Sunday, December 07, 2014
riding with cortés
History can be a cruel mistress. And, now and then, a mistress can be cruel to history.
As you know, Barra de Navidad has been celebrating its 450th anniversary of the expedition establishing the trans-Pacific trade route linking China, The Philippines, Mexico, and Spain in a giant closed circuit that would make Spain one of the wealthiest nations in sixteenth century Europe. The fiesta has been quite an affair.
The cross that theoretically once hung in the chapel of the shipyard where the galleons were built was returned to Autlan last week. It may be another 450 years before it makes another visit to its ancient home.
Mexico loves these large digit anniversaries. The year after I moved here, Mexico went into celebratory overdrive with the 100th anniversary of its revolution and the 200th anniversary of its declaration of independence from Spain.
All of this historical high-fiving set me to thinking about a very big date that is almost upon us. Just under five centuries ago, Hernán Cortés, in the name of his Spanish tribe, invaded Mexico and dethroned the then-ruling tribes. Out of that conquest would come a new people.
Cortés's conquests were aided greatly by La Malinche, one of twenty slave girls the Spaniards were awarded by a Mayan chief. They were essentially spoils of war.
La Malinche had a rare talent. Because of her background, she spoke the language of the Maya and Aztec. That proved to be a valuable tool for Cortés in building alliances with anti-Aztec tribes -- and in negotiating with the Aztec themselves.
Cortés saw other talents in La Malinche. By all accounts she was beautiful. She ended up playing the role of the conqueror's mistress. In that capacity, she provided him with a son, Martin. Even though other children had been born to Spanish fathers and Indian mothers in Mexico prior to his birth, Martin is often seen as the symbol of a new race (the Mestizo) that, following the Revolution, would finally answer the question: "Who is a Mexican?"
For all of that, Cortés and La Malinche do not figure amongst the heroes of the Mexican pantheon. La Malinche is accorded some favor with the title "Mother of the New Mexican People." But most Mexicans tend to see her a traitor to the pre-Columbian tribes.
There is no ambivalence, though, about Cortés amongst Mexicans. They see him as Diego Rivera painted him on the walls of the National Palace. Ugly. Destructive. A presence to fear, but not to respect.
A dozen years after Cortés conquered Mexico, Francisco Pizzaro would invade Peru and conquer the Inca Empire. Even though both conquistadors carried out similar "nation-building" programs, their conquered lands treat them quite differently.
An equestrian statue of Pizzaro stands prominently in Lima. Even though some Indians have objected to its place of prominence, Pizzaro has long held a place of honor in Peru.
Not so, Cortés in Mexico. After he died in Spain, his remains were moved to Mexico in 1566 -- where they were shuttled from place to place, until they were interred in the Hospital de Jesus in 1794. Reportedly, there was a great ceremony. Not surprisingly. Spain still ruled Mexico, but that was about to change.
Sixteen years later, Mexico declared its Independence, and finally achieved it under its first Mexican emperor in 1821. Many of the remaining Spaniards were expelled from the country.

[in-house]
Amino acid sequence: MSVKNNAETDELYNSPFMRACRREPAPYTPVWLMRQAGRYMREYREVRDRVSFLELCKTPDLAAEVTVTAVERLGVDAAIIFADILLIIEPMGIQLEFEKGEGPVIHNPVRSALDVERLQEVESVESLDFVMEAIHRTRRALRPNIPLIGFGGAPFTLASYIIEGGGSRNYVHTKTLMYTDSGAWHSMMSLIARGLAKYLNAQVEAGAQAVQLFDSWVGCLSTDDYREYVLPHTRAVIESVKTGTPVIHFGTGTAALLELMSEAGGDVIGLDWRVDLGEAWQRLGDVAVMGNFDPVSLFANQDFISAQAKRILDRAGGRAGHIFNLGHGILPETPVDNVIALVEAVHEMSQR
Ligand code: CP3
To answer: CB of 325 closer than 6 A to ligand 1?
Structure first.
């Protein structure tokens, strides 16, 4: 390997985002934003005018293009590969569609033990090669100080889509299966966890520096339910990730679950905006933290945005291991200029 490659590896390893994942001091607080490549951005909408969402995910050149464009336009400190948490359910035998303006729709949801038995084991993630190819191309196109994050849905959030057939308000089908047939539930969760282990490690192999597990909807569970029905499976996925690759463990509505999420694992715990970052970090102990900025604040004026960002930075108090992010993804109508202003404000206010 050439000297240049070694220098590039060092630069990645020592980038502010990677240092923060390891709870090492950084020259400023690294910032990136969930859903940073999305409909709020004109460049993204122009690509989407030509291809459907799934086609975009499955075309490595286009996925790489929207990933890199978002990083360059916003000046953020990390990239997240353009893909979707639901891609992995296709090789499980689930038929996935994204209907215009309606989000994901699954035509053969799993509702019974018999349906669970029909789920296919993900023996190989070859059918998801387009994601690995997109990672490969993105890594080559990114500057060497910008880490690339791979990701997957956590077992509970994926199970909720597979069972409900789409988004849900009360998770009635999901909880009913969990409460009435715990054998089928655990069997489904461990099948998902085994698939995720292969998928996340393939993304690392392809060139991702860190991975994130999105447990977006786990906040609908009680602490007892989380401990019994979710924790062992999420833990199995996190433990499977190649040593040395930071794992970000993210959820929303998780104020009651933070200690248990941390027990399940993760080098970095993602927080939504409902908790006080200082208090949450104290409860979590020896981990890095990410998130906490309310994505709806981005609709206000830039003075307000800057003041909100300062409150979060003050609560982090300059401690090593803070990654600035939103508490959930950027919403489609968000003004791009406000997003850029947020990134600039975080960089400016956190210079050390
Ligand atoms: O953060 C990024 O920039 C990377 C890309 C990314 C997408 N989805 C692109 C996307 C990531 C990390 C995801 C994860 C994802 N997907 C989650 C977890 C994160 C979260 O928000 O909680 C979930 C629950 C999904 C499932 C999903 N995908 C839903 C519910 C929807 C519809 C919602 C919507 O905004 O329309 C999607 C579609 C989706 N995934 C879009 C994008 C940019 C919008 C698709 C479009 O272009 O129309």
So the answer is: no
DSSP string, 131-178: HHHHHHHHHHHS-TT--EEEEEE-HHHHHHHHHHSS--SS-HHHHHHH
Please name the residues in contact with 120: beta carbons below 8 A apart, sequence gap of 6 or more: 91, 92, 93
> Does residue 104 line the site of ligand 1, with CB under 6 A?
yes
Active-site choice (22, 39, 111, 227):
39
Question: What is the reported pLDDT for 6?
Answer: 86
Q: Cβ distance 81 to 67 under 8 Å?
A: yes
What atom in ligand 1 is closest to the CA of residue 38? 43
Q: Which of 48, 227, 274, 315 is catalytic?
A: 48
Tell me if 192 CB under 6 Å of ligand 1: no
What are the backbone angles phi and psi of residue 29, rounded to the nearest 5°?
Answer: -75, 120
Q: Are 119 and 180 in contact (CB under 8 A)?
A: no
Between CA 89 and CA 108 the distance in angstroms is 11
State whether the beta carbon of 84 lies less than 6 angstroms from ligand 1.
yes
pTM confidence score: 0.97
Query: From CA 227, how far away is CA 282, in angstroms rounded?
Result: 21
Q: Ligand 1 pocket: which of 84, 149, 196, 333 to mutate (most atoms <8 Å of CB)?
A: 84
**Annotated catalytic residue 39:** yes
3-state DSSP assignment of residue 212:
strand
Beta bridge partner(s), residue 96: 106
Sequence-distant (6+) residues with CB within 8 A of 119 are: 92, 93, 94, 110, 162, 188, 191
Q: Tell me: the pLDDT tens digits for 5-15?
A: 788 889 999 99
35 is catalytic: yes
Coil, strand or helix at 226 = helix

Fearing that someone may try to destroy Cortés's remains, his mausoleum were shipped off to Italy, and his remains were secreted, to be rediscovered in 1946. To avoid further desecration attempts, the bones are now hidden.
Ironically, the statue of Pizarro is actually a generic piece. It was originally given to Mexico in the 1930s to commemorate Cortés. Mexico turned it down. Thinking that one conquistador is as good as another, Peru morphed it into a Pizarro statue.
In the 1970s, President José López Portillo attempted to honor Cortés, La Malincha, and their son -- as an homage to the Mestizo. The gesture fell flat. The statue was originally intended to be placed in a central place of honor in Coyoacan. Instead, it was hidden away in a small, remote park.
That is why I was so surprised to see this hand-painted street sign two blocks from my house.
Barra de Navidad honors its local* heroes, Miguel López de Legazpi and Andrés de Urdaneta, with well-paved major avenues. It appears Hernán Cortés is considered worthy of only a narrow street of dirt.
So, will we be lifting glasses high to Cortés while cohetes paint the sky in a few years? If history is any guide, I doubt.
The Mestizo myth has successfully replaced the ongoing wrestling match between the respective partisans of Mexico's European or Indian roots. And, even though Cortés and La Malincha literally added their DNA to the Mestizo stream, they have never been seen as a part of Mexico's honored history.
And that is too bad. History that tunes its scale to despising The Other will tote around a heavy burden.
I think it was Anne Lamott who said: "Not forgiving is like drinking rat poison, and then waiting around for the rat to die." The quote has the advantage of being both witty -- and true.
Maybe it is time for the Cortés clan to come in from the cold.
* -- I advisedly refer to Legazpi and Urdaneta as "local." Both of them were Basques serving the imperial interests of Spain. During the festival, I had a pleasant conversation with a very well-educated and articulated Mexican woman. We have known one another since 2007. When I referred to Legazpi and Urdaneta as "Spanish," her back went up. "They were not Spanish; they were Mexicans." Myths run thick in this country.